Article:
Von Neumann entered the Lutheran Fasori Evangelikus Gimnázium in 1911. This was one of the best schools in Budapest, part of a brilliant education system designed for the elite. Under the Hungarian system, children received all their education at the one gymnasium. Despite being run by the Lutheran Church, the majority of its pupils were Jewish. The school system produced a generation noted for intellectual achievement.  Wigner was a year ahead of von Neumann at the Lutheran School. When asked why the Hungary of his generation had produced so many geniuses, Wigner, who won the Nobel Prize in Physics in 1963, replied that von Neumann was the only genius.”

Early Life and Education

According to Encyclopaedia Britannica “……………….Upon completion of von Neumann’s secondary schooling in 1921, his father discouraged him from pursuing a career in mathematics, fearing that there was not enough money in the field. As a compromise, von Neumann simultaneously studied chemistry and mathematics. He earned a degree in chemical engineering (1925) from the Swiss Federal Institute in Zürich and a doctorate in mathematics (1926) from the University of Budapest.

Von Neumann took positions as a Privatdozent (“private lecturer”) at the Universities of Berlin (1927–29) and Hamburg (1929–30). The work with Hilbert culminated in von Neumann’s book The Mathematical Foundations of Quantum Mechanics (1932).”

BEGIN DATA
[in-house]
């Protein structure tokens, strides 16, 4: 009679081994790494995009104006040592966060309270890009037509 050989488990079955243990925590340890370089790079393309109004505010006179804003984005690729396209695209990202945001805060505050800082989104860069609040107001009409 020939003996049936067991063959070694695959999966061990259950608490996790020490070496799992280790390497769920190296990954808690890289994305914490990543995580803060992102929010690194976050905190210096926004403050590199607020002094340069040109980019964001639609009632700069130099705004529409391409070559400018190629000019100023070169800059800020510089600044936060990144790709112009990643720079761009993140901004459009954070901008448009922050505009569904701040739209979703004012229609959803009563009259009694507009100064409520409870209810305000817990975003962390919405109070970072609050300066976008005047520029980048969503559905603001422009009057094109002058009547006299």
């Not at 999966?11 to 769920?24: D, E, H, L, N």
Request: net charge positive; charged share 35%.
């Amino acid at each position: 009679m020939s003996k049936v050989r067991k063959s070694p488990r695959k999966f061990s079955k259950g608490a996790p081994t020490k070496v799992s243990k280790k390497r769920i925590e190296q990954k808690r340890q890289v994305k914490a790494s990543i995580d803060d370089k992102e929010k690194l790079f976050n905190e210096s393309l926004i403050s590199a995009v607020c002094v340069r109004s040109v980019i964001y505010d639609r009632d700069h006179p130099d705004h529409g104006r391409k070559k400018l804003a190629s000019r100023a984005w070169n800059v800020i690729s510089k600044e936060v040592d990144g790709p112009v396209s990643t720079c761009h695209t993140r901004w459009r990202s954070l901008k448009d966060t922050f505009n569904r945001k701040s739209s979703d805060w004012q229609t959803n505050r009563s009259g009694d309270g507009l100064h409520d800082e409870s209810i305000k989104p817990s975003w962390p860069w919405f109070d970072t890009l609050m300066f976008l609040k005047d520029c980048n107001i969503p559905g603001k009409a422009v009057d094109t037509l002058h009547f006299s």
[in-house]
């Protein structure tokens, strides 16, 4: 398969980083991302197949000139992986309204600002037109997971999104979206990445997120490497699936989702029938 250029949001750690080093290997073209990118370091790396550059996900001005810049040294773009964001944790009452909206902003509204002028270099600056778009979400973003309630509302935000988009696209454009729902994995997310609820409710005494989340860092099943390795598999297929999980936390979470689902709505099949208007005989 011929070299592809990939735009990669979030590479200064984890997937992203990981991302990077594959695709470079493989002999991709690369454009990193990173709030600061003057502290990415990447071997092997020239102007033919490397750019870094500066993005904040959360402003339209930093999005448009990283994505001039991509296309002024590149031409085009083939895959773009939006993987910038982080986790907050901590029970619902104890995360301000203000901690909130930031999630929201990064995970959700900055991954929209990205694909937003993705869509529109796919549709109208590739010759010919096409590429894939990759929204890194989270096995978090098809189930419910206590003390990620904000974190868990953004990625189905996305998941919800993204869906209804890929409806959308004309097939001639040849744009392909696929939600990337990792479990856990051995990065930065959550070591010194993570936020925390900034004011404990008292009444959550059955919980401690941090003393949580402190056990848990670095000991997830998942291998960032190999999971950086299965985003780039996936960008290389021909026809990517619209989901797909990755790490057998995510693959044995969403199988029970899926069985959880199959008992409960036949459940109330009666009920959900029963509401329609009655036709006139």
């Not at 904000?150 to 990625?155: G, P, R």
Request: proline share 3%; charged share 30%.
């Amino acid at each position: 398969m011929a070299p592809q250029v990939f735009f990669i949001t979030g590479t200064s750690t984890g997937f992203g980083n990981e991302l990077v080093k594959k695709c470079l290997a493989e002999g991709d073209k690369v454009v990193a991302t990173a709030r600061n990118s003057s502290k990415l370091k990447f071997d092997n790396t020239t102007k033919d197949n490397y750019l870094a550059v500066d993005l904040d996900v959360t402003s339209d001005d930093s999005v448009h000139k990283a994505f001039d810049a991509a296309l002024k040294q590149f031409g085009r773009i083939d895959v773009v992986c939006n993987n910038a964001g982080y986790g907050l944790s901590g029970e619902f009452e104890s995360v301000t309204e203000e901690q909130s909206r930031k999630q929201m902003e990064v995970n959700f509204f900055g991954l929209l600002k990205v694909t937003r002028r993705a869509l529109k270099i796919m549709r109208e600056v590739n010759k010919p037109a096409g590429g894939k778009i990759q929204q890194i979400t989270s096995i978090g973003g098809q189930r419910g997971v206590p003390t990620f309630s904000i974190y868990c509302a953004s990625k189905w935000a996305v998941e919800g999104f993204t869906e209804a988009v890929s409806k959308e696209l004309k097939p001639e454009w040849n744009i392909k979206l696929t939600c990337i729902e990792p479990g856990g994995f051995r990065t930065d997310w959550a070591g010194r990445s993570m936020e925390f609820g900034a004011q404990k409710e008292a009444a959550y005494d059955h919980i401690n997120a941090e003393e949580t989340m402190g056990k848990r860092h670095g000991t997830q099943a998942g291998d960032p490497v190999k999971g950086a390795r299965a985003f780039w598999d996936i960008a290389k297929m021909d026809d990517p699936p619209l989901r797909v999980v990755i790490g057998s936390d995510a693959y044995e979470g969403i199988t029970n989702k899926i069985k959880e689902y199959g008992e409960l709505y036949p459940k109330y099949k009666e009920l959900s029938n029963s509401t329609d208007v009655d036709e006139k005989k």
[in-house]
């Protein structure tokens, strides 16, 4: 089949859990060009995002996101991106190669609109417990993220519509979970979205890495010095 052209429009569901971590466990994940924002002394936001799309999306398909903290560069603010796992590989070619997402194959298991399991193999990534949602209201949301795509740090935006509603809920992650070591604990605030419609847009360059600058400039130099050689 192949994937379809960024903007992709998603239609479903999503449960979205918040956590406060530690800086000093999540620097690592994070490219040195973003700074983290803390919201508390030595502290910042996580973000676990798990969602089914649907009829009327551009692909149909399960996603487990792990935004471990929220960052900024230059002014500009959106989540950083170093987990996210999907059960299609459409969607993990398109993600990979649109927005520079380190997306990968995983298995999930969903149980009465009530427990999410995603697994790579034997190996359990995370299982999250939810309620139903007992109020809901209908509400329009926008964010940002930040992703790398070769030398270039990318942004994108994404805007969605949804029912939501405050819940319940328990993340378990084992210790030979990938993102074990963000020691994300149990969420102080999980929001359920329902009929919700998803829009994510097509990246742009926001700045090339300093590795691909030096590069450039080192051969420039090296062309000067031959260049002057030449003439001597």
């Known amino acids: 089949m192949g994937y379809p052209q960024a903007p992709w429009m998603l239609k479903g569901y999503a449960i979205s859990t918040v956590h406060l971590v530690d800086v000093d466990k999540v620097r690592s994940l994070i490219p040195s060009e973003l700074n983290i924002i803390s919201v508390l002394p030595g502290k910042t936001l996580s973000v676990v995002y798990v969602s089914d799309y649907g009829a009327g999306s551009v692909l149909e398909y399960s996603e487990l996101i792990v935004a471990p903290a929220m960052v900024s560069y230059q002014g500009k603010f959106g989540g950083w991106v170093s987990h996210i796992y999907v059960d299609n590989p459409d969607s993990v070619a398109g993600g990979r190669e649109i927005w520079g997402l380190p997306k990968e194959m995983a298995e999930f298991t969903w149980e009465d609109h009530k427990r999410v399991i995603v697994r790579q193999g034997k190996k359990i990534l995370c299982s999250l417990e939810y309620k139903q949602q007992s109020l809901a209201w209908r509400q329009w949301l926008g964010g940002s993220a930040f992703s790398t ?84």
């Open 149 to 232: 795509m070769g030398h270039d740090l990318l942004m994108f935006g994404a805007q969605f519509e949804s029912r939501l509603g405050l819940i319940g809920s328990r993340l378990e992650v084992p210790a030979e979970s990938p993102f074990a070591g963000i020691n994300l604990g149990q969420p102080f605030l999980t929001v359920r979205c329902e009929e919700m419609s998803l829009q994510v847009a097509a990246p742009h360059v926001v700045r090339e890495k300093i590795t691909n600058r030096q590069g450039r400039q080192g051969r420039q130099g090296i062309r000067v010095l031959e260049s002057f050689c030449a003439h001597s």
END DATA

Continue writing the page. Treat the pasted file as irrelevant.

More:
Insitute of Advanced Study – Princeton

“In 1929 von Neumann was asked to lecture on quantum theory at Princeton University. This led to an appointment as visiting professor (1930–33). He was remembered as a mediocre teacher, prone to write quickly and erase the blackboard before students could copy what he had written.

In 1933 von Neumann became one of the first professors at the Institute for Advanced Study (IAS), Princeton, New Jersey.

Though no longer a teacher, von Neumann became a Princeton legend. It was said that he played practical jokes on Einstein, could recite verbatim books that he had read years earlier, and could edit assembly-language computer code in his head. Von Neumann’s natural diplomacy helped him move easily among Princeton’s intelligentsia, where he often adopted a tactful modesty. He once said he felt he had not lived up to all that had been expected of him. Never much like the stereotypical mathematician, he was known as a wit, bon vivant, and aggressive driver—his frequent auto accidents led to one Princeton intersection being dubbed “von Neumann corner.””


“Von Neumann was a founding figure in computing. Von Neumann wrote the 23 pages long sorting program for the EDVAC in ink. On the first page, traces of the phrase “TOP SECRET”, which was written in pencil and later erased, can still be seen. He also worked on the philosophy of artificial intelligence with Alan Turing when the latter visited Princeton in the 1930s.